Storm girls soccer explodes for 5 goals in win over Wildcats
It's just not quite all there yet with this team.
It could be in the coming weeks, but for the St. Luke's girls soccer squad, a 5-4 home win over Rye Country Day Tuesday afternoon was five steps forward, four steps back.
The team had been waiting for an offensive explosion. It certainly got that against the Wildcats (4-2). But the defense, which has now allowed nine goals in two games, is suddenly in flux.
"A lot of it came from not getting pressure on the ball and allowing Rye to put some dangerous crosses in," Storm head coach Dan Clarke said. "We didn't deal with the crosses very well. We were in position to do so. There were a couple `garbage' goals, if you'd like, where they rebounded off somebody and then off somebody else and into the goal. It was disappointing to give up the type of goals we gave up today."
Caroline Parsons bailed on the team's defense, as she scored the game-winning goal with 8:13 remaining. The score came spontaneously, as Parsons quickly peeled off a shot from a few yards inside the left part of the penalty area. Her ever-rising shot sailed past Wildcats senior goalie Devon Kraus. From there, the defense held on.
"Caroline has got that ability where she can pull something special out at any point," Clarke said. "It was the fourth goal where her and Ally just combined straight down the middle of the field and got us the lead up to go 4-2."
St. Luke's led 3-1 at the half after Parsons and Allie Young combined on two of the three strikes. Rye Country Day's Jenna Frank was able to the Storm's Lindsay Bralower with 18:17 remaining in the first half. Frank then sent the shot into the left wall of the net, tying the game at 1 on her shot from 18 yards out.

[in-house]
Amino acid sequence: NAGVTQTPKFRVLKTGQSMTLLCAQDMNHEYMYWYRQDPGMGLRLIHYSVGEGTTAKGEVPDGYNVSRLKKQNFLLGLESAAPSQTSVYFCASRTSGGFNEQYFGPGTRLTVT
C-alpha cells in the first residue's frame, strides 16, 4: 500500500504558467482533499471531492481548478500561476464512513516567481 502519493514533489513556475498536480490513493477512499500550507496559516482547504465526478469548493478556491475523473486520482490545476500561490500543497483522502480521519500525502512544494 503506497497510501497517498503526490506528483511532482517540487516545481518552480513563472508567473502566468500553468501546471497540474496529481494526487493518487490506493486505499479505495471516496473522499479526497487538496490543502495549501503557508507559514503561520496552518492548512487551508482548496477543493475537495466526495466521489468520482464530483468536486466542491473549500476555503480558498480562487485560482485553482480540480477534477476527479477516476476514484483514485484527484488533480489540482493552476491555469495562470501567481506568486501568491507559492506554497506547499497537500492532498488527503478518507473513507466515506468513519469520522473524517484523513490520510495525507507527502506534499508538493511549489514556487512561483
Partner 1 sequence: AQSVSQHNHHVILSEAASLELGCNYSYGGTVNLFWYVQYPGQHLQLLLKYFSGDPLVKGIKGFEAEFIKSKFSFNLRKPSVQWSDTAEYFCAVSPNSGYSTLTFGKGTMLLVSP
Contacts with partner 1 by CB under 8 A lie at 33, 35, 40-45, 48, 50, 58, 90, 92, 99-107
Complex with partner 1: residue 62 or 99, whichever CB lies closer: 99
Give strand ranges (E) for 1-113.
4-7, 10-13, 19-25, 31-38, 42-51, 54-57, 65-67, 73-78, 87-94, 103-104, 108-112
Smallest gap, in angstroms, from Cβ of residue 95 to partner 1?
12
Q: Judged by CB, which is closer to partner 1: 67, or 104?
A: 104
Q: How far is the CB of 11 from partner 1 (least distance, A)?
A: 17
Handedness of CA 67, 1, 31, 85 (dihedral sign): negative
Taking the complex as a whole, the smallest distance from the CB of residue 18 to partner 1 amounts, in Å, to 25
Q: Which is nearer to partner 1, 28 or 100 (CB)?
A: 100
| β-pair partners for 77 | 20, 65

It was the only Wildcats goal that was scored more than five yards from St. Luke's keeper Megan Flood.
The 5-3 Storm, however, had a number of quick strikes, like the Parsons-to-Young one-timer with 4:43 remaining in the first half that gave St. Luke's a 3-1 lead. It was a devastating cross and even more devastating shot into the twine.
"We're getting a lot of crosses. Everyone was involved in the play (today)," Young said.
The Storm head coach admitted Tuesday was the first time he saw his team's ability in practice to airmail the ball effectively show itself during a regular-season game.
"Credit where credit's due. We've worked on our attacking shape and going forward," Clarke said. "In previous games they have created chances, they've just not taken them. Today, it was just pleasing they did take the opportunities they got."
Young and Parsons are the team's go-to net-finders in 2010, as they were expected to be. Their skills were much-needed in getting the team to stay above .500 on Tuesday. Parsons got her hat trick when she immediately responded to a Rye Country Day score. The Wildcats' freshman, Steph Sabatini, charged at the net and put one past Flood amid a scrum of players with 30:32 left in the half.
What happened immediately after: Parsons took the Storm's possession kick down the field, casually fended off two defenders and pushed a low shot past Kraus 13 seconds after the Rye Country Day score.
"This season we didn't have a lot of going-forward chances, so it's been 1-0 games," Young said. "We were happy with getting forward, going on the counter-attack."
Young speaks truth. The Storm's previous four wins this season had an aggregate score of 5-0. The Storm lost 5-0 against Loomis on Friday, and since then the team was put in a position in practice of dedicating as much time as possible to both ends of the field.
"Without being disrespectful to Rye Country Day, Loomis are a lot stronger team," Clarke said.
Young said the team has to focus primarily on not being so apprehensive and inhibited when playing on its heels.
"We have been working on defense, so it was a little disappointing to concede all those goals," she said. "We need to get a leader in the back. People are not talking to each other and manning their marks right now."
The coach and the players saw there was as much positive to take away as negative with such an up-and-down game. Clarke said his biggest takeaway halfway through the season with this team is the ability to defeat the teams it should beat and not lose to inferior competition.